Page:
From the time Jesus called His first disciples to His crucifixion, Jesus was involved in discipleship. He was training them, preparing them for/ life after He ascended into heaven. This was God’s plan A from the very beginning and there is no plan B. God does not see discipleship as optional like many churches do. He sees it as foundational.

One of the main reasons I enjoyed this book so much is because it really helps paint the picture of what discipleship should be all about. It is not a difficult read but is encouraging and refreshing in that it explains what discipleship is all about and should be all about, and then goes into application by helping the reader understand how they can actually disciple someone. The last part will serve to be extremely beneficial for the Christian who has wanted to disciple but just does not know how.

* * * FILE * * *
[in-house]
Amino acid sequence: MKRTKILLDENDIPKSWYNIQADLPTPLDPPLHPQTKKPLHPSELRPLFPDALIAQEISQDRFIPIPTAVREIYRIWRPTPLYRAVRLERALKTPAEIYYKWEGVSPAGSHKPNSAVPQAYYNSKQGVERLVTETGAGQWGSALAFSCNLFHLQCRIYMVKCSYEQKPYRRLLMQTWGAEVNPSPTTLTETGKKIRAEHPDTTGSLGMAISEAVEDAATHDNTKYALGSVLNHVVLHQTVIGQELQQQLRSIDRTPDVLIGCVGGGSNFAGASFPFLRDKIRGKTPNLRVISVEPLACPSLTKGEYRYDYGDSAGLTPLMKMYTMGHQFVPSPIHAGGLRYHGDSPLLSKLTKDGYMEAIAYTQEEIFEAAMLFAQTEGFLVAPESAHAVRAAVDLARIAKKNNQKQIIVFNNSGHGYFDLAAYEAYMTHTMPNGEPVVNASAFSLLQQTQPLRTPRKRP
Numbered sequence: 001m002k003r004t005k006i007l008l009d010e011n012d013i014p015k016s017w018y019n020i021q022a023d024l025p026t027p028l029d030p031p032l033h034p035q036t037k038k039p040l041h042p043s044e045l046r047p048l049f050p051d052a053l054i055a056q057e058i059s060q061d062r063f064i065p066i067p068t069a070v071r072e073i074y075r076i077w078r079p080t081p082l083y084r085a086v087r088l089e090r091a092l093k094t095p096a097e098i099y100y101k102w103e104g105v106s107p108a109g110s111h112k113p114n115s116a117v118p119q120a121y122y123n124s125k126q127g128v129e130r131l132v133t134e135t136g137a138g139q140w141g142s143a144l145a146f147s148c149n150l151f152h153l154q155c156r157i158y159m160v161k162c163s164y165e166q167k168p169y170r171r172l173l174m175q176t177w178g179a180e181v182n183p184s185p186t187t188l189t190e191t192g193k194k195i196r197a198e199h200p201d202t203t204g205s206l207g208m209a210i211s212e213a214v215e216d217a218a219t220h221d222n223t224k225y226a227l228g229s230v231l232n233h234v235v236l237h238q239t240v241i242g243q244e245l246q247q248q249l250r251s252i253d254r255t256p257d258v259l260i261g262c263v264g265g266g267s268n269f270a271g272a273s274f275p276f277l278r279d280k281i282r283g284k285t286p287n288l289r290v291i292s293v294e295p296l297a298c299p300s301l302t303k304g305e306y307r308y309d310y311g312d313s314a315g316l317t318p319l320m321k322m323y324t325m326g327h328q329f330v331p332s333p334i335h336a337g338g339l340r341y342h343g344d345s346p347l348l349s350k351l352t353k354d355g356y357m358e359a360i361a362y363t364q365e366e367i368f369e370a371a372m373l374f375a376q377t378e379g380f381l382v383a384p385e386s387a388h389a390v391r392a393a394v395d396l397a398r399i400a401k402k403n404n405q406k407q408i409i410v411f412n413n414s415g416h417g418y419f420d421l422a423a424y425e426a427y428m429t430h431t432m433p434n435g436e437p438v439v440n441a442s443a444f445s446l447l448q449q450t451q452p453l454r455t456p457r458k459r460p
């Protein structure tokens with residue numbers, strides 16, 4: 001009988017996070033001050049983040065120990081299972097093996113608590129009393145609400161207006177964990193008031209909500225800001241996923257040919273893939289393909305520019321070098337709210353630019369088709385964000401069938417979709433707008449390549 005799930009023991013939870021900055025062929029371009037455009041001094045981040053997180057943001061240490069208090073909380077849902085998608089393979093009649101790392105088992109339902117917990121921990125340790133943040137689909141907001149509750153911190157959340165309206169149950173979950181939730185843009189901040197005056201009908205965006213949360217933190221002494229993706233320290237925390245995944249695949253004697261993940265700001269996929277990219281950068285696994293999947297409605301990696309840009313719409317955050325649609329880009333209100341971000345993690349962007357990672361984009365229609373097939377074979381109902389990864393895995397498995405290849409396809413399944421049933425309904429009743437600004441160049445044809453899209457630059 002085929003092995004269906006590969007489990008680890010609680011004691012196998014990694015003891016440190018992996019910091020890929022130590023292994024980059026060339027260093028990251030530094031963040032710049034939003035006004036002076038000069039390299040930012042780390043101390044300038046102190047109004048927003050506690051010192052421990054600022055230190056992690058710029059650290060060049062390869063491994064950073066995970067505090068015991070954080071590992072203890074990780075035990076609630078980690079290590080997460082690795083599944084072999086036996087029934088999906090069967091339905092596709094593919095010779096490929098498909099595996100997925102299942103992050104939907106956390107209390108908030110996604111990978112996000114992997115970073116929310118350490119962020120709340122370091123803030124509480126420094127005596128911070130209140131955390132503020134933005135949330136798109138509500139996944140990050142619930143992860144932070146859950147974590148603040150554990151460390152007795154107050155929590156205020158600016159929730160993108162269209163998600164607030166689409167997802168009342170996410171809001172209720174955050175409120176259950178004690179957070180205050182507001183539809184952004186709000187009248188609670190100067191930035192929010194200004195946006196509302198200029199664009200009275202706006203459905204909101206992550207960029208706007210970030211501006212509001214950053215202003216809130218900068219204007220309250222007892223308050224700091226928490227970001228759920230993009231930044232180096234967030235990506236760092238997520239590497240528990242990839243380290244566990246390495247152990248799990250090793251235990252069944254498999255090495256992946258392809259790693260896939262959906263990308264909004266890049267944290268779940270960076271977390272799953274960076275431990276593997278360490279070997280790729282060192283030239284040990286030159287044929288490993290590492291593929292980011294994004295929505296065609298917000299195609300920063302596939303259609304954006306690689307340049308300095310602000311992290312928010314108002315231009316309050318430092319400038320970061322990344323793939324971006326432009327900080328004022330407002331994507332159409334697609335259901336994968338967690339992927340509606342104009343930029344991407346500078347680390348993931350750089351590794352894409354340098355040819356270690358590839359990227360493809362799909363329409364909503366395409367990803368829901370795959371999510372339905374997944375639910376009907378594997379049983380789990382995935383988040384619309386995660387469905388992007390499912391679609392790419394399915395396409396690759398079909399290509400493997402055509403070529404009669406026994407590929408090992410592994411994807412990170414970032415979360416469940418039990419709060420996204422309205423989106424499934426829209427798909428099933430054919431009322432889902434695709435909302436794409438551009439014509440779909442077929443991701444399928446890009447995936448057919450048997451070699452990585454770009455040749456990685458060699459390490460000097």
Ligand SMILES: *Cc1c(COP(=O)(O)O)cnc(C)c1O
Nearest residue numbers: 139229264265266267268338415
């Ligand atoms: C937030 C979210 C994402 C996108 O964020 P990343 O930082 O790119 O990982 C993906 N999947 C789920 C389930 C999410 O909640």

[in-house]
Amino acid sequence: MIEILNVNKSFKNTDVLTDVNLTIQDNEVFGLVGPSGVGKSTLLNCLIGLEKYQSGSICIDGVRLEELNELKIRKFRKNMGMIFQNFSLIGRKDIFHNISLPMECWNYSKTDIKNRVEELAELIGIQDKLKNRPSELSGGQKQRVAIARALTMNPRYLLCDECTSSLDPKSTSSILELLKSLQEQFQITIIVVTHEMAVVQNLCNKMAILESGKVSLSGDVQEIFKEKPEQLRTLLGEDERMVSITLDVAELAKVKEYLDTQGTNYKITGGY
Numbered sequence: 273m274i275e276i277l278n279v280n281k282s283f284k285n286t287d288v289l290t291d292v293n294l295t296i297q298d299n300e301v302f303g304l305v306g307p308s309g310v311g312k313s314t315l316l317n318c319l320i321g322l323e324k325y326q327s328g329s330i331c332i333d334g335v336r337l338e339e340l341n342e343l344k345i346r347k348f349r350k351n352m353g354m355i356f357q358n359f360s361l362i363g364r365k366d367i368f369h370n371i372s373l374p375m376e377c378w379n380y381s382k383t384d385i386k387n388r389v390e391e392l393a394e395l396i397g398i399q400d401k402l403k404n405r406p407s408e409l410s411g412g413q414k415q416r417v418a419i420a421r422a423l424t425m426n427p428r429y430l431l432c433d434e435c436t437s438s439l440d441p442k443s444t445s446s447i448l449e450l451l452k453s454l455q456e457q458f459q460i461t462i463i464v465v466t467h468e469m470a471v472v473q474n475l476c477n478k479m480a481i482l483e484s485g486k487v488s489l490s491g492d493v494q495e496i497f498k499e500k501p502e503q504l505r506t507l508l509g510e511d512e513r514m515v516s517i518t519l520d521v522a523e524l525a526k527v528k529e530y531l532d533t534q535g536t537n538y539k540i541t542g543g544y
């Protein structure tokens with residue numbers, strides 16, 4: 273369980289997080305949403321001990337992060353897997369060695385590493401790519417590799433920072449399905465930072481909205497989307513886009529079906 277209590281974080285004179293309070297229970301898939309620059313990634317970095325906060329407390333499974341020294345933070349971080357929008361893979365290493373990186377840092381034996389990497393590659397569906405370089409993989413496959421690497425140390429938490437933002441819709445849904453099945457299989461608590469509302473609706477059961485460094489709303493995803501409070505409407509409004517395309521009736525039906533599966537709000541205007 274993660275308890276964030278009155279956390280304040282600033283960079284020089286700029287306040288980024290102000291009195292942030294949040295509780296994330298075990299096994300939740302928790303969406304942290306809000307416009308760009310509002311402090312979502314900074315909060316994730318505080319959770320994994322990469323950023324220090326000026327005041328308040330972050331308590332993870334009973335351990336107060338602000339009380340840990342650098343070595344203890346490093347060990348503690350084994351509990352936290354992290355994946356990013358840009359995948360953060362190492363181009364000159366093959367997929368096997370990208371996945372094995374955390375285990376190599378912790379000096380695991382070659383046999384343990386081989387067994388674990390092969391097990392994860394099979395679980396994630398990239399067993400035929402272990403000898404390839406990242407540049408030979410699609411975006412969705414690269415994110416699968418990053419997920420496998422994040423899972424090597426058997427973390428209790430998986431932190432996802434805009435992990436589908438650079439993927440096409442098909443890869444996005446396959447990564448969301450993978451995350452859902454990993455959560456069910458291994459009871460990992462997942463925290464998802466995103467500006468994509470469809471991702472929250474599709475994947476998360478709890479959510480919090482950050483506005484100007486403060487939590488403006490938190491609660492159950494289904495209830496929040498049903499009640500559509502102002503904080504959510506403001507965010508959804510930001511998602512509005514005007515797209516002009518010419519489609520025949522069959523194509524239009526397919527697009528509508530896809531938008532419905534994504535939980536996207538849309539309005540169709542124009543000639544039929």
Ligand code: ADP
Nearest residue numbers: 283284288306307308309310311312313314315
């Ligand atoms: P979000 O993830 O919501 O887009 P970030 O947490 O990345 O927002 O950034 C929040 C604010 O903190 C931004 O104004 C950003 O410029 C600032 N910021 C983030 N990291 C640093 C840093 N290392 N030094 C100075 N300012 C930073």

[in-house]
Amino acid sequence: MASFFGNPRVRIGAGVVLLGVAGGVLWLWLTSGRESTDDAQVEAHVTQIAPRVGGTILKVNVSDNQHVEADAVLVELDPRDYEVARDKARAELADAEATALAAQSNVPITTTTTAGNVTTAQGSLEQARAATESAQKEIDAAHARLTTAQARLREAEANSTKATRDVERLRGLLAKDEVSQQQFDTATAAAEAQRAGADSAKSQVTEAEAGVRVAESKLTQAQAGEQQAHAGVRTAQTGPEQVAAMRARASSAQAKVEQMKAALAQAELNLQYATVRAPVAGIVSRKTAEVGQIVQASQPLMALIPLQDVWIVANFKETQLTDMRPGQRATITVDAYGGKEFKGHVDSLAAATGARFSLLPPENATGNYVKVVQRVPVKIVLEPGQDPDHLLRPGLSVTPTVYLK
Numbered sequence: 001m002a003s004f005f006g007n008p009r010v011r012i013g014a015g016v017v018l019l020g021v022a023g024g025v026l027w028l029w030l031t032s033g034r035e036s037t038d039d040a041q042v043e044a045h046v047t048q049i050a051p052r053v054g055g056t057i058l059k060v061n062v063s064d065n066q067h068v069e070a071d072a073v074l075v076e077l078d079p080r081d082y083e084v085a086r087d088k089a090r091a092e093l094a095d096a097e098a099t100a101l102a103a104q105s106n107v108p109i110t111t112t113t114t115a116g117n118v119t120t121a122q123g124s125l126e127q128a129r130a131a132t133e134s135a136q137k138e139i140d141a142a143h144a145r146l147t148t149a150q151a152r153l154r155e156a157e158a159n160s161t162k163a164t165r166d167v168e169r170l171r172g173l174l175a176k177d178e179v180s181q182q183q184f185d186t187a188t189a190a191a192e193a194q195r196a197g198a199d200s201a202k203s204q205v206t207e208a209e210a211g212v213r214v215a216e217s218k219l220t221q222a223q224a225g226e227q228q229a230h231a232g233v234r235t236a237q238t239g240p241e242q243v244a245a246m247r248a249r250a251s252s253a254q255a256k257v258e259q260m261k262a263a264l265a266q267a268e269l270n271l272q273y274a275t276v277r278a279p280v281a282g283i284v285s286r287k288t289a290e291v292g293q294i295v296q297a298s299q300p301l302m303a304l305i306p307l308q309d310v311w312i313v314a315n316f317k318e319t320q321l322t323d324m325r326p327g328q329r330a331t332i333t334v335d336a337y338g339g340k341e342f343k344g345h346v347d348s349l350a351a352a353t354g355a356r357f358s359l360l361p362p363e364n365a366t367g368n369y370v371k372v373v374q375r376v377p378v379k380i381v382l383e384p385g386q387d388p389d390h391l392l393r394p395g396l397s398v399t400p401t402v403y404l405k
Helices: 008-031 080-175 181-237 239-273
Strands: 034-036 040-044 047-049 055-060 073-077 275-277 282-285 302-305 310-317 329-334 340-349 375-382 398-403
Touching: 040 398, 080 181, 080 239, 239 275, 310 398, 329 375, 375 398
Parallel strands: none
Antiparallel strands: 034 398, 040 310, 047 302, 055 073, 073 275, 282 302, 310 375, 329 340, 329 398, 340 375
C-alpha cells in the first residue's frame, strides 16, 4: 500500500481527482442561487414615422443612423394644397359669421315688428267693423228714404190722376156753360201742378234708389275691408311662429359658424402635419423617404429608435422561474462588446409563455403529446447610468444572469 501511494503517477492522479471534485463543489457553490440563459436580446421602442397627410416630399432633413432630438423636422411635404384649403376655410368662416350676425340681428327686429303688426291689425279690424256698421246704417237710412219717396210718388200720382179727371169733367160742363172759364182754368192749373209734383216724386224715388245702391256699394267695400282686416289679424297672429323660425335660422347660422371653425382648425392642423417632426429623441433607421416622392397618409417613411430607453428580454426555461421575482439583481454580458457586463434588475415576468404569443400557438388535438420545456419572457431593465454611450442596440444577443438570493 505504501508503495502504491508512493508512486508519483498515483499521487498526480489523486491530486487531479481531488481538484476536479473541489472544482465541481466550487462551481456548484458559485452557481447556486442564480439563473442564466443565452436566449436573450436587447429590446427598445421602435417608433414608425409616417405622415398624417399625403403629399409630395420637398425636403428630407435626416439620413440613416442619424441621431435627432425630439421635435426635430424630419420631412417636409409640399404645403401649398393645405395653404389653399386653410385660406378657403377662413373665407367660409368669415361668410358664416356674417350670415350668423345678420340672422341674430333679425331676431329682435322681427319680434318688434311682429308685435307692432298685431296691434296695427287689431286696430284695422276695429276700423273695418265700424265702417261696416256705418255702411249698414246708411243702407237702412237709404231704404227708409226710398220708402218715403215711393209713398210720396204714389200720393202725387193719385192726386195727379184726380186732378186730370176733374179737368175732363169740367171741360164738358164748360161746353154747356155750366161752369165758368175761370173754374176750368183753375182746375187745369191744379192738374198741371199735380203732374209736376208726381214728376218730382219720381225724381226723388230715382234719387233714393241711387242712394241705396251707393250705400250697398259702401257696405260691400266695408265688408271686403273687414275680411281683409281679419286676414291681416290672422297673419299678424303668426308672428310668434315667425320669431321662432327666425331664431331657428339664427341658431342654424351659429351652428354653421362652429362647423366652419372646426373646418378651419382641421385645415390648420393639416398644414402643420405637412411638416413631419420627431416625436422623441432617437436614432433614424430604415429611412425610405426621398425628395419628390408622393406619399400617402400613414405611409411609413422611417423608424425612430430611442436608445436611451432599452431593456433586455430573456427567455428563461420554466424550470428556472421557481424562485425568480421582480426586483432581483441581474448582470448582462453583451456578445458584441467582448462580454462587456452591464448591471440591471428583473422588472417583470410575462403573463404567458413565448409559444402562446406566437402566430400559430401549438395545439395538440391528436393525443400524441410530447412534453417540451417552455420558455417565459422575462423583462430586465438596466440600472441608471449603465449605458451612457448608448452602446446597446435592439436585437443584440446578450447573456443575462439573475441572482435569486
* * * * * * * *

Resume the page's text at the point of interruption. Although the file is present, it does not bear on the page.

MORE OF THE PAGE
Here are a couple quotes from the book:

Train yourself and your people not to be impressed with success in the church that does not accomplish the goal set forth by Christ: making disciples. (p. 23)

Discipleship has an end goal: to be conformed into the image of Christ – to talk the way He talked, walk the way He walked, and respond the way He responded. (p. 79)

Discipleship wasn’t a ministry of the first-century church. It was the ministry of the church…shouldn’t it be ours as well? (p. 85)

Just remember, you cannot microwave disciples. It’s a crock-pot recipe. And it takes time for maturity to take root. The wait is long, but the results are worth it. (p. 138)

Fortunately, Jesus, in His infinite wisdom, did not prescribe for us a single model of how to disciple. Instead, He gave us a mandate: Make disciples! He didn’t give us a single process; he left us with several principles and showed us by His own examples. (p. 154)